Joao Pina

Shadow of the Condor


“Operation Condor” was a 1970s secret military plan sponsored by the United States during the Dirty War years, which aimed to eliminate the political opponents to the right wing military regimes. It took place in six countries: Argentina, Bolivia, Brazil, Chile, Paraguay and Uruguay.

It officially started in late 1975, when the secret services had a meeting in Santiago, Chile to define a strategy to use common resources and exchange information, man power and techniques to execute the plan. Thousands of people, mostly left wing workers and students, were arrested, tortured and executed, leading to 60,000 deaths, although a final number could never be confirmed because of the number of mass executions.

This project aims to show the scars and enormous impact left on the survivors and families of those who were killed. From the Amazon jungle in Brazil to the cold lands of Patagonia, thousands of victims still lay buried in unmarked graves, and the survivors struggle to cope with their memories.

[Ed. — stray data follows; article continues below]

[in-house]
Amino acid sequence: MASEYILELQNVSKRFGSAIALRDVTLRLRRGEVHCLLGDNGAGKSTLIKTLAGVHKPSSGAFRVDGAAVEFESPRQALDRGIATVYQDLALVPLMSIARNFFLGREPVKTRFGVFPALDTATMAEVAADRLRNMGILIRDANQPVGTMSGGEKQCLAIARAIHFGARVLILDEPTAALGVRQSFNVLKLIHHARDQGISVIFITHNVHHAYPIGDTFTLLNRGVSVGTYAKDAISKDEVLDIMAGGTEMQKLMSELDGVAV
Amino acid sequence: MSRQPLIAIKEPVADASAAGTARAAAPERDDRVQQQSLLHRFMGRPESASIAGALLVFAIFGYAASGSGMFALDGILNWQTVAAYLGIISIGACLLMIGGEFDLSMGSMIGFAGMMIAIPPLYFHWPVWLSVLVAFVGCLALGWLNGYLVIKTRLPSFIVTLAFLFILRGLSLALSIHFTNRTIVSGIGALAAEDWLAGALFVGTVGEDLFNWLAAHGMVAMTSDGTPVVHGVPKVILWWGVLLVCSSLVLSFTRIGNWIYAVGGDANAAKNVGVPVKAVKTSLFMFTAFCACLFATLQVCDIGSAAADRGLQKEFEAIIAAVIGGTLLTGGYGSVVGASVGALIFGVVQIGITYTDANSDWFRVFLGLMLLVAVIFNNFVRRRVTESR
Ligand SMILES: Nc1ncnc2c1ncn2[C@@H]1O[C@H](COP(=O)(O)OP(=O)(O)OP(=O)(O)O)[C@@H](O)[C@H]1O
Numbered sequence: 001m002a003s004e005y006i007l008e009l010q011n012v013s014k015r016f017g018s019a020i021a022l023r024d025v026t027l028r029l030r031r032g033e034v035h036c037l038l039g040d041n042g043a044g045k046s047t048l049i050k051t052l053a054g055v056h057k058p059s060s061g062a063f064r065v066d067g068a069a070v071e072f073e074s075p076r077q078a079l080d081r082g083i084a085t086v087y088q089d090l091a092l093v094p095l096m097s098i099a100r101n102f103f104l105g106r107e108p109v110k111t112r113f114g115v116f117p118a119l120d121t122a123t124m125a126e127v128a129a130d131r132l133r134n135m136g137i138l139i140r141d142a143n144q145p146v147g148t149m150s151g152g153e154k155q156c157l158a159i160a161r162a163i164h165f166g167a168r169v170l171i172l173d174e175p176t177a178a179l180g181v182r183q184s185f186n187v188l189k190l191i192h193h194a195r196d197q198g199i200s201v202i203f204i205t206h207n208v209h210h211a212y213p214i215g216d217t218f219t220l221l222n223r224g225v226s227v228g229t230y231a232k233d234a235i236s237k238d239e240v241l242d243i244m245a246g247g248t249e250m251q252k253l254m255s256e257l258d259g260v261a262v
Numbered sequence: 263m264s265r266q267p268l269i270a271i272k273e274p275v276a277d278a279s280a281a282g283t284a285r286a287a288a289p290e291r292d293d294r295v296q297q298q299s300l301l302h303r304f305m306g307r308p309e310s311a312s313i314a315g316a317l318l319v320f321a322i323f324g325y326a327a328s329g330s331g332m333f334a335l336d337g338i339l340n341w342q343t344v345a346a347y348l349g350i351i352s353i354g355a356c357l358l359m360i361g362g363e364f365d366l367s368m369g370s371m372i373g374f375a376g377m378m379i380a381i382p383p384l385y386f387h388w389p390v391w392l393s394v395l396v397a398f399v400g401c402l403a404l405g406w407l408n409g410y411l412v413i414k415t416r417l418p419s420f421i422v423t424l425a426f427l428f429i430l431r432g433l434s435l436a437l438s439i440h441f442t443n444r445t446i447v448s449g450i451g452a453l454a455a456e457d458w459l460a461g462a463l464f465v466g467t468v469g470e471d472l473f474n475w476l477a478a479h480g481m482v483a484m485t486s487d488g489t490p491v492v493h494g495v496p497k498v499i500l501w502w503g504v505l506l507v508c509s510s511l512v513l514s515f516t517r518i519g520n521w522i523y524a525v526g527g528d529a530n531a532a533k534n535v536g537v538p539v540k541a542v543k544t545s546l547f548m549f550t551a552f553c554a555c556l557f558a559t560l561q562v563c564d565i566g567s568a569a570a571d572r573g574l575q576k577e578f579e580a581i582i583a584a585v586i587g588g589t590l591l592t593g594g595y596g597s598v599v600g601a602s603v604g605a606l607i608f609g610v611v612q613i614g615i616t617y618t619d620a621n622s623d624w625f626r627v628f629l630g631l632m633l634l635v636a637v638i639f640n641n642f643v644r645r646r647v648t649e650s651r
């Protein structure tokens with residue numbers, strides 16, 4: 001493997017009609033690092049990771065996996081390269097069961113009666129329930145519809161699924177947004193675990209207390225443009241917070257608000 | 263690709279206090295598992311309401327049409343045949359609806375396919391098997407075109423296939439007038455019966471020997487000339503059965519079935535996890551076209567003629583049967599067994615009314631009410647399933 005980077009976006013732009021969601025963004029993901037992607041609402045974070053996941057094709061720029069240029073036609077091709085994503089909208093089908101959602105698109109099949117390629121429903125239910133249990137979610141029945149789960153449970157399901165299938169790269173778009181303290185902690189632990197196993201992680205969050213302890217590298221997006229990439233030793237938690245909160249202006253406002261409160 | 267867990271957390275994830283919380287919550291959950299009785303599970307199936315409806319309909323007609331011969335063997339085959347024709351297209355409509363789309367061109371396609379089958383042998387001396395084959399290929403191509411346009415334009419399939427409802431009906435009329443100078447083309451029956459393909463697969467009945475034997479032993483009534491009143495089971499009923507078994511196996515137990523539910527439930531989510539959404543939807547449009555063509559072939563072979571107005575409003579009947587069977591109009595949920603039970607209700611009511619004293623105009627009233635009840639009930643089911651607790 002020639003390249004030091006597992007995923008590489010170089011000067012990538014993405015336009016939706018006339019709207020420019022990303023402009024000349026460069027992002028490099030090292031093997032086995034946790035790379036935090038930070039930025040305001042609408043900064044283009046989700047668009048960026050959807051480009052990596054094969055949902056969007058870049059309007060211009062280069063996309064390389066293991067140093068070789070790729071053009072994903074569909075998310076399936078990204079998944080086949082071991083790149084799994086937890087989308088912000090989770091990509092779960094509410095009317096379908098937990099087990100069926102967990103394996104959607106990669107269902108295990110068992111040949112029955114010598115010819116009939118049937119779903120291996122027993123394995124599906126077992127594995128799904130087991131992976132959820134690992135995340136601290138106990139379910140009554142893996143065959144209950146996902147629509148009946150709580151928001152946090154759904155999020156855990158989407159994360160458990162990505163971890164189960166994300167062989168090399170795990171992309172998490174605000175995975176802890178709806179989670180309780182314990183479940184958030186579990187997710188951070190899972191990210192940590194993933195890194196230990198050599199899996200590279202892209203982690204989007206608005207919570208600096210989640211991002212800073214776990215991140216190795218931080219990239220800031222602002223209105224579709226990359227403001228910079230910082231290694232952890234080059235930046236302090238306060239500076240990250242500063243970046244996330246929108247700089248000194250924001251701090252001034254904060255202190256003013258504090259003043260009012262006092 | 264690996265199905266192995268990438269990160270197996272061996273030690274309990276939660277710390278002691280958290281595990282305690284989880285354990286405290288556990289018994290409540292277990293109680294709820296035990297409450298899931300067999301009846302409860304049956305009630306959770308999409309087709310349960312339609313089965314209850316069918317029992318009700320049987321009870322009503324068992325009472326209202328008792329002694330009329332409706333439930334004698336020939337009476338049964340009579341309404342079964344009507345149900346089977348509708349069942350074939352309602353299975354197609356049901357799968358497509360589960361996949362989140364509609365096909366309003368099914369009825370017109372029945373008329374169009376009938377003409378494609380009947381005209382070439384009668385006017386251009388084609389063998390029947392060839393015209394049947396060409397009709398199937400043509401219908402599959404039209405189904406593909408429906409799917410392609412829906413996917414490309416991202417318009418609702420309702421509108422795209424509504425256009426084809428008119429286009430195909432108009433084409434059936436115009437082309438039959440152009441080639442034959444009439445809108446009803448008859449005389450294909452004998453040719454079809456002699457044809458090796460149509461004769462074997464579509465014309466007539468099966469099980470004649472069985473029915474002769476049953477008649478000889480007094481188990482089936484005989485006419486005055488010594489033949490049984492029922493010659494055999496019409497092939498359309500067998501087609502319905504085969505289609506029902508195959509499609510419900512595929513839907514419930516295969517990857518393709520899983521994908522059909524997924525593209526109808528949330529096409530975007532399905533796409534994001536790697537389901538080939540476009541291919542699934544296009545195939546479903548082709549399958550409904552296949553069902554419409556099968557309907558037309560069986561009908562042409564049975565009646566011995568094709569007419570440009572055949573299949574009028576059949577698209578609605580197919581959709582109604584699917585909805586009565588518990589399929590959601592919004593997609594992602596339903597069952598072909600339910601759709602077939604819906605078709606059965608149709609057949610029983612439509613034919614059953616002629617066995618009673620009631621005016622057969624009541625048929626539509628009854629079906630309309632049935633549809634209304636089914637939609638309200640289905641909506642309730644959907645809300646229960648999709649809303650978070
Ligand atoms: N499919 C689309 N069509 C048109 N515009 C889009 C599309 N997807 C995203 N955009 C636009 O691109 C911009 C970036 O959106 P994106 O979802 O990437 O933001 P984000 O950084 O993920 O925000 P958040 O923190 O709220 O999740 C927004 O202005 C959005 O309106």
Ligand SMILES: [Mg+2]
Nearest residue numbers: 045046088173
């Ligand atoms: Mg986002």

Since the beginning of this investigation back in 2005, I have begun to take interviews with victims and families of those who disappeared, and have also visited sites of imprisonment, executions, and burials. I believe that by making these images I can help build a collective memory about the people behind this secretive operation who have never been held accountable.

I will return to the region and continue to build this body of work in Bolivia and Paraguay. These two countries still require much time to research and photograph. I will talk to survivors like Martin Almada, a lawyer who found the archives where thousands of documents prove the existence of “Operation Condor” in Paraguay.